Jacob:  Yes, I always knew I wanted to be a farmer. Yep, ever since I was a little boy. Actually my Mom was showing me some papers from when I was a kid. I was looking back at em’ and everything I wrote about or drew or colored, it was all farm. It kind of made me think of my boys. How they do. Jace will draw me pictures and it will look like a big blob but he’s like “there’s your tractor Daddy and there’s a cow over there,” ya know? And I’m like that’s great Jace. “I drew it just for you he goes. “That’s awesome.” Even though it looks like a big blob ya know, but it’s pretty cool.


Megan: That’s the sweetest thing. What did it mean to grow up helping your Dad. Tell me about that relationship, when you were younger you know.


Jacob: Oh I always loved it. I lived with Mom in Williston you know so when I got to come out to the farm it was just. It was just heaven. It was work, but it was pure fun. I just enjoyed the heck out of it.


I’d go to school and come home during harvest and come home after school and then un combine til 10-11 o’clock at night come home, eat supper, go to bed and go back to school and come back out right after football practice and do it all over again every day.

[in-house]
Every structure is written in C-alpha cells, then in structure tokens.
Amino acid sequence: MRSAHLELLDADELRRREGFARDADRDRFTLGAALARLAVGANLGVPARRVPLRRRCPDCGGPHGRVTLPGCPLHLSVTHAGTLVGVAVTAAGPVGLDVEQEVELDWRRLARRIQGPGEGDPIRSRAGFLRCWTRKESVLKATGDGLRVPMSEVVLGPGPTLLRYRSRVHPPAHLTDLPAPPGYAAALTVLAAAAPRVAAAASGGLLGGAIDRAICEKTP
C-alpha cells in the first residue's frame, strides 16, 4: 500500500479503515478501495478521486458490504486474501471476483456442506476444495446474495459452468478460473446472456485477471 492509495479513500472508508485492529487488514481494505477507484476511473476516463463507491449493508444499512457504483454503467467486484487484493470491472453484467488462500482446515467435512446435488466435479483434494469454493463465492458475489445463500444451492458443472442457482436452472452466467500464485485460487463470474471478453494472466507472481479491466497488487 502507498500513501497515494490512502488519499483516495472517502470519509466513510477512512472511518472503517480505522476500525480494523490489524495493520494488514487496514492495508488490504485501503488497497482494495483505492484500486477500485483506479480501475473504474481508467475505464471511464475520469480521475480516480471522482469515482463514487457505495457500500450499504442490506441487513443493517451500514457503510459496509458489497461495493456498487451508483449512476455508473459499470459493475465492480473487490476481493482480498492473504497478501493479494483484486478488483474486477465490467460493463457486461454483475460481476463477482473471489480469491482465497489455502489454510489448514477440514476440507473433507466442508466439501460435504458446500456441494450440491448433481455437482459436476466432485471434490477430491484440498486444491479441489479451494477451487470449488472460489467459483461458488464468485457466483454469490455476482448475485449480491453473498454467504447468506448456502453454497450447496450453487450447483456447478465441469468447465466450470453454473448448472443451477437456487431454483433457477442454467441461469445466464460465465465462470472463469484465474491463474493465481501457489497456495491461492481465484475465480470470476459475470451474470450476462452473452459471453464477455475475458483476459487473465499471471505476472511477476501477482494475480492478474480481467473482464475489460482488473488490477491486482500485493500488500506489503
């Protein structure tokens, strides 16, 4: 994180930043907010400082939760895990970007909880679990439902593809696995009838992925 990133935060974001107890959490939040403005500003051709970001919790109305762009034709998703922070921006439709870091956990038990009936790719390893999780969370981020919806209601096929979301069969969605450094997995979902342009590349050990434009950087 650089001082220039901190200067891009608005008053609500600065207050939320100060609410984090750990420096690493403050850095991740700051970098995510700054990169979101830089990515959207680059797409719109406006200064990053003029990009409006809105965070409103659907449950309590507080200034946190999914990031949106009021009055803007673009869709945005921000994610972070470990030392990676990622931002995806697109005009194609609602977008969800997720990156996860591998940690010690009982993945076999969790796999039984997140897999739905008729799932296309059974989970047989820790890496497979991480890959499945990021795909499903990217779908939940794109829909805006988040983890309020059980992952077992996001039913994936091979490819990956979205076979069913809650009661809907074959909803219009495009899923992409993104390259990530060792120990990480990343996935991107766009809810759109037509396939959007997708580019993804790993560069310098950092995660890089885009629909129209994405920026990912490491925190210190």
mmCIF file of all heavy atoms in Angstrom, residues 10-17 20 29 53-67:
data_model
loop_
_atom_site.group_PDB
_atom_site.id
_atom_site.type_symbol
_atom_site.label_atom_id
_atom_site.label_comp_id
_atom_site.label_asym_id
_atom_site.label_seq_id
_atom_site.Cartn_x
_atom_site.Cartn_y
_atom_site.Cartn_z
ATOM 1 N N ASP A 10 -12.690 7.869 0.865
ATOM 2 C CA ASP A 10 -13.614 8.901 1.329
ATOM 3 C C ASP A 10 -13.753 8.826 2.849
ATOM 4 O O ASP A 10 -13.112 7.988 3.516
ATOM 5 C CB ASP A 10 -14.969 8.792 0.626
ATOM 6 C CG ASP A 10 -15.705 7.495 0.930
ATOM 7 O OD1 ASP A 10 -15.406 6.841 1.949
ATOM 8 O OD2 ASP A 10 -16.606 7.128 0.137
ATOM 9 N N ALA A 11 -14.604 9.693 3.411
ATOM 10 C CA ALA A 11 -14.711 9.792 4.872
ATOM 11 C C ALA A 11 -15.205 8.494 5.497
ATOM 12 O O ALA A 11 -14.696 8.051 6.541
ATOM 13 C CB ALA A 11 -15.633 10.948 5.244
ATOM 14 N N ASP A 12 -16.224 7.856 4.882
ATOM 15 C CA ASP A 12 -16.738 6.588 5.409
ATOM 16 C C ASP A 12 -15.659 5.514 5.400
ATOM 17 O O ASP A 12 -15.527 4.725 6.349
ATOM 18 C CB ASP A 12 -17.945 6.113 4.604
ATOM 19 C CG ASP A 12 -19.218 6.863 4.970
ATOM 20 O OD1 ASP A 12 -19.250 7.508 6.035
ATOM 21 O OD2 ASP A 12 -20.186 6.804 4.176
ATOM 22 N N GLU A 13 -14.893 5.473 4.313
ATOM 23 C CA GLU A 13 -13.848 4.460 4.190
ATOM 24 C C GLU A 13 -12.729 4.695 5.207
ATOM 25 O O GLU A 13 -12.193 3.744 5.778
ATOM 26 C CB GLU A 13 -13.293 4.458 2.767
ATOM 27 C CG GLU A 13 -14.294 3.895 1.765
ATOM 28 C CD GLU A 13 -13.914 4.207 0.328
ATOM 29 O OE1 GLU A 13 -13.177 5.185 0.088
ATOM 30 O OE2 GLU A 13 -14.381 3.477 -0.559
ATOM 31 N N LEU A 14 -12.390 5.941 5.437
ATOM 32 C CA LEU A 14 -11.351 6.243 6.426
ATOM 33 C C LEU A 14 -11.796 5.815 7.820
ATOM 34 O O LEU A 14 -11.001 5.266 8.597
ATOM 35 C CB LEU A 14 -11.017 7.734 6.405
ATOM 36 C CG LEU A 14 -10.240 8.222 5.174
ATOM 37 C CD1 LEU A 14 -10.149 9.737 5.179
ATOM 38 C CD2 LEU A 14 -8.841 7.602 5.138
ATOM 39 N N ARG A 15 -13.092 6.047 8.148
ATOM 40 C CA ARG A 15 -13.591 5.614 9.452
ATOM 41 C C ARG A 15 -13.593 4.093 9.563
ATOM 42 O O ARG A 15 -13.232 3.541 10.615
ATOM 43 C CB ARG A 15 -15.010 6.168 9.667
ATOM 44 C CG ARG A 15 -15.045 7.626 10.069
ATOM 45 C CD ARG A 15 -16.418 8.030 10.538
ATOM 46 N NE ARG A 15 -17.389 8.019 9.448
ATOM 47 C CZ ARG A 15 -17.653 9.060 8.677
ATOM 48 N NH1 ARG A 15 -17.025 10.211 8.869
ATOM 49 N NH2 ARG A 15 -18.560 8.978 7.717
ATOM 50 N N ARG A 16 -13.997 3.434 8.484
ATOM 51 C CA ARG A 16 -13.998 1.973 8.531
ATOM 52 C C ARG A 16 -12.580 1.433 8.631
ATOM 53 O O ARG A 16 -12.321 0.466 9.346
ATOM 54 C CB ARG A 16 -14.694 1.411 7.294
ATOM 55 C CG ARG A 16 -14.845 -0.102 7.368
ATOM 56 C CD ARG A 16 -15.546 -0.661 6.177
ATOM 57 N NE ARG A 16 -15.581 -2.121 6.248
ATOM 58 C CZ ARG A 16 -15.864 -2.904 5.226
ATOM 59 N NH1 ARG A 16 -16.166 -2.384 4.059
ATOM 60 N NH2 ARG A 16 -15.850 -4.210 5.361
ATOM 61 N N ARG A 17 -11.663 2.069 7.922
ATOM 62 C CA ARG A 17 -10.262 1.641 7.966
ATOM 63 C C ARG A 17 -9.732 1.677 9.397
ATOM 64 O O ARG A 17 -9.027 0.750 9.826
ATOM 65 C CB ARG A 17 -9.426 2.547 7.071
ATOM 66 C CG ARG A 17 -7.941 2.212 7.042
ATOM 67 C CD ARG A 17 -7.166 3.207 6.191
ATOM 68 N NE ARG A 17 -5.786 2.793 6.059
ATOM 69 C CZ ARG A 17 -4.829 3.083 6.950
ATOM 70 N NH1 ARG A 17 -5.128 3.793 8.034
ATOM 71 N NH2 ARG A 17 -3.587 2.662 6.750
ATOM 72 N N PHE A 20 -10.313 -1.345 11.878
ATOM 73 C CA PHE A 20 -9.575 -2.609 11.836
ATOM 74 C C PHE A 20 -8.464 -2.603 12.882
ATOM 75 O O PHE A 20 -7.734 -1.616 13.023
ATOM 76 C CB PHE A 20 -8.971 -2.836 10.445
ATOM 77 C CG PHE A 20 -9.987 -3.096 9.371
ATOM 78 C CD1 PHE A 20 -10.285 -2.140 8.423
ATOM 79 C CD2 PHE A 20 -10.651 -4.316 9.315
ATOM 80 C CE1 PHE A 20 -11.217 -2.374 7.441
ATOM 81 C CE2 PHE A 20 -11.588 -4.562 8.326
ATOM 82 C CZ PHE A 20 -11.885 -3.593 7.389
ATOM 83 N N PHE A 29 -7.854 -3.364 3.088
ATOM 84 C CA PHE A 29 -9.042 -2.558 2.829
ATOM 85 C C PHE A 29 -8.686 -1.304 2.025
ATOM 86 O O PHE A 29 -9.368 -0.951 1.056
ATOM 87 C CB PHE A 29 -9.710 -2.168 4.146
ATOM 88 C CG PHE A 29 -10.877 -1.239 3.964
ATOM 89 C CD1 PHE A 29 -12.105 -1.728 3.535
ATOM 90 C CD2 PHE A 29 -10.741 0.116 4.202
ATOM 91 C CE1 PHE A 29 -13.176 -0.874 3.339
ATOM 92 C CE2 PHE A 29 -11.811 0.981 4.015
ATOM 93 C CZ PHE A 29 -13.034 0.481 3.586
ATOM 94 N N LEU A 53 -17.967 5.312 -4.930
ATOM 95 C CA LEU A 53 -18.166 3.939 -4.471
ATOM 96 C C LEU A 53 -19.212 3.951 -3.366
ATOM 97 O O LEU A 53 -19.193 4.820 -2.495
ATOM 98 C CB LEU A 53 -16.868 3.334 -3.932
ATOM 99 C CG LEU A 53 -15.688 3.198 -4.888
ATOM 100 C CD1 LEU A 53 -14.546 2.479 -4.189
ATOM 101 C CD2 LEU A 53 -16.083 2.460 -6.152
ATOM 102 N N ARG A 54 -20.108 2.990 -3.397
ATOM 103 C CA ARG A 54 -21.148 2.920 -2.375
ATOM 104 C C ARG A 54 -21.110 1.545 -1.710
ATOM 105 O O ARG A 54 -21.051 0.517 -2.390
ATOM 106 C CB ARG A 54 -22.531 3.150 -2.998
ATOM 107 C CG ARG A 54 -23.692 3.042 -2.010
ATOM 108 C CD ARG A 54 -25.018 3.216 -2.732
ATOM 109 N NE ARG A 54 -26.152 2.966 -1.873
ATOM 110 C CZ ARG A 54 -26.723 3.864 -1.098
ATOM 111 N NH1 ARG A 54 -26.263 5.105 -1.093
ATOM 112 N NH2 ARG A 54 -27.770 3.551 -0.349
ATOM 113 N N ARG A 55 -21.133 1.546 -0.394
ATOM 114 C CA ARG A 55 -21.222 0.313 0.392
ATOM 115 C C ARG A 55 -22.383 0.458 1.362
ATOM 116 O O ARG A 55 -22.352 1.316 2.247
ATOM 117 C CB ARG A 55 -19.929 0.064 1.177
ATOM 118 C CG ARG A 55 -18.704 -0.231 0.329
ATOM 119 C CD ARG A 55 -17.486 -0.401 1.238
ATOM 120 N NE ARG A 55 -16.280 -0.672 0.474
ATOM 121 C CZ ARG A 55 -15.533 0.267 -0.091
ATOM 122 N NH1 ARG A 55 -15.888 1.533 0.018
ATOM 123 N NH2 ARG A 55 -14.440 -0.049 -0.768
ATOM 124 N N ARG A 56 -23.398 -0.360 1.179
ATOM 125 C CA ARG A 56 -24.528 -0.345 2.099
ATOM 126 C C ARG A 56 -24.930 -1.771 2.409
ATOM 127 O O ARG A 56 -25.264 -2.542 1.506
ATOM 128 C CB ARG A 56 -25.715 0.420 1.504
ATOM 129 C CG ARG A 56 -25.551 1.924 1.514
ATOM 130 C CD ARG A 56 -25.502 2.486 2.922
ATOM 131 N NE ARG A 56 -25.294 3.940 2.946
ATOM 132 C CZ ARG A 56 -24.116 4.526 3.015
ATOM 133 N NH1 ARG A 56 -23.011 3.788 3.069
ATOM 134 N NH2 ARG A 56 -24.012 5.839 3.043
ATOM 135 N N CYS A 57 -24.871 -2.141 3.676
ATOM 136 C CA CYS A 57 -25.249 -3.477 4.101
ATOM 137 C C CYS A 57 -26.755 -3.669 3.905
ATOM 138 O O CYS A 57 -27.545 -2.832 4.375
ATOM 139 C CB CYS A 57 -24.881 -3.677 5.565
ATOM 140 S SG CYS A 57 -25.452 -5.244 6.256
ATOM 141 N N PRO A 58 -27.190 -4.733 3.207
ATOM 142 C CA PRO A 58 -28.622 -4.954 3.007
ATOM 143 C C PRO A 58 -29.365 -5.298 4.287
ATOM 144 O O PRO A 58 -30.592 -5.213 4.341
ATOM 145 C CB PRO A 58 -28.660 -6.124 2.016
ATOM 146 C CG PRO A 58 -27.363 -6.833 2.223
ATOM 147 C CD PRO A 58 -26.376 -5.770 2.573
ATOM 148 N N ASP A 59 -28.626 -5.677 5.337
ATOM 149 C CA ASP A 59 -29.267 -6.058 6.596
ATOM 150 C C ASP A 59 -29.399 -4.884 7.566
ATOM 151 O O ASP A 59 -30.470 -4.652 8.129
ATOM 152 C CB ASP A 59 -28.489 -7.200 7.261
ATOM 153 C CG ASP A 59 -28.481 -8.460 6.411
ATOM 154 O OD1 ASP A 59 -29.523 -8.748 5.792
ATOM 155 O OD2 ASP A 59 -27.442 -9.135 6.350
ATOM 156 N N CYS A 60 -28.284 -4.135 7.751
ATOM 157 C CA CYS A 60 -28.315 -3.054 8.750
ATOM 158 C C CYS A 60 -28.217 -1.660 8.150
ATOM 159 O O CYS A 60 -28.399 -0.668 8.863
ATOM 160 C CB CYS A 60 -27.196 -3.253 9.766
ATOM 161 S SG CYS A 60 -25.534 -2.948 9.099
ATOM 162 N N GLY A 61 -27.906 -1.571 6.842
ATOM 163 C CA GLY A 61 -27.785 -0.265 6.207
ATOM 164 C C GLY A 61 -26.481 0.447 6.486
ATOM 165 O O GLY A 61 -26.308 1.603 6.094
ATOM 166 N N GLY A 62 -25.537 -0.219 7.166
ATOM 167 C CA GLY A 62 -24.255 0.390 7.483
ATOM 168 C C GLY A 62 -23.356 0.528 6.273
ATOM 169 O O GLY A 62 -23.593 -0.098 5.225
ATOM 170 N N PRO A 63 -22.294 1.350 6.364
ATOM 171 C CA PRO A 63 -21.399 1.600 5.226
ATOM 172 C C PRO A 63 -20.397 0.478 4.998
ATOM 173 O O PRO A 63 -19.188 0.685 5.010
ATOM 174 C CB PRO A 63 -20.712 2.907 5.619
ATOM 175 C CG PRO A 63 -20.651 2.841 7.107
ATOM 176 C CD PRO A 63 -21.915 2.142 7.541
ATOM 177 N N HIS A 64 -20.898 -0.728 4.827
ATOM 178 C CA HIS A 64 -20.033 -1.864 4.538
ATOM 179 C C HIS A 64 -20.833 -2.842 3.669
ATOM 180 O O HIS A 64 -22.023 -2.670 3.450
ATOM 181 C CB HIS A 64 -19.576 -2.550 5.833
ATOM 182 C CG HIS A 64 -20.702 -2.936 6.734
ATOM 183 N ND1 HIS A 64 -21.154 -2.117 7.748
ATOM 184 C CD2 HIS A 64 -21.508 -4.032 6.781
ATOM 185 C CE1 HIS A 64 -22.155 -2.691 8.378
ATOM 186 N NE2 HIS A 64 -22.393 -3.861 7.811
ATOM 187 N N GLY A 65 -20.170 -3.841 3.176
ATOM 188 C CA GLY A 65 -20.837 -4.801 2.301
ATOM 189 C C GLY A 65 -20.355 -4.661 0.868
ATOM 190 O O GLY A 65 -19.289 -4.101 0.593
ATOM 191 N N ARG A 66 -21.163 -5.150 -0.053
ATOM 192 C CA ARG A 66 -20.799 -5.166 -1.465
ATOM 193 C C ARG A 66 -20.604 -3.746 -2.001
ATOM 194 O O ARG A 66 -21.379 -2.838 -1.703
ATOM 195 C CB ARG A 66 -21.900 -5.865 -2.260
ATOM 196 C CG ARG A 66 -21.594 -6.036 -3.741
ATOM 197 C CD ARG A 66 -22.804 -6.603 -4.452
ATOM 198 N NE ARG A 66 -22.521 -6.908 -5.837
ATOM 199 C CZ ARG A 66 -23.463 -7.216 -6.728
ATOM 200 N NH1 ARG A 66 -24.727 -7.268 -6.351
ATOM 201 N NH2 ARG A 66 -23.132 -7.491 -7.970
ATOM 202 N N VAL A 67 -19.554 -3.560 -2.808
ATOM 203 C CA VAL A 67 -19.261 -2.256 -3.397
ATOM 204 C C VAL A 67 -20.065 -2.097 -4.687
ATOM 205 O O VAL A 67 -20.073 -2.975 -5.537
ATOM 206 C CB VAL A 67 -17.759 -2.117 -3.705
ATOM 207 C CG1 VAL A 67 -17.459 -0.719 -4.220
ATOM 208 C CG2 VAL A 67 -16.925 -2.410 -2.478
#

Megan: When did you start driving combine?


Jacob: I was trying to think of that Tanner asked me that the other day. I think I was 13 or 14. I learned down at Grandpa’s place. I remember one time Dad had to work on the header, but the seat shuts the header off as soon as you get out of the seat, and I didn’t weigh enough so Dad set a brick on the seat and so I sat on top of that.


Megan: That’s funny. When did you learn to drive semi?


Jacob: I think I was about 12 when I started driving the semi in the hay field, but you know over the road, probably not until I was about 17. 16, 17 something like that.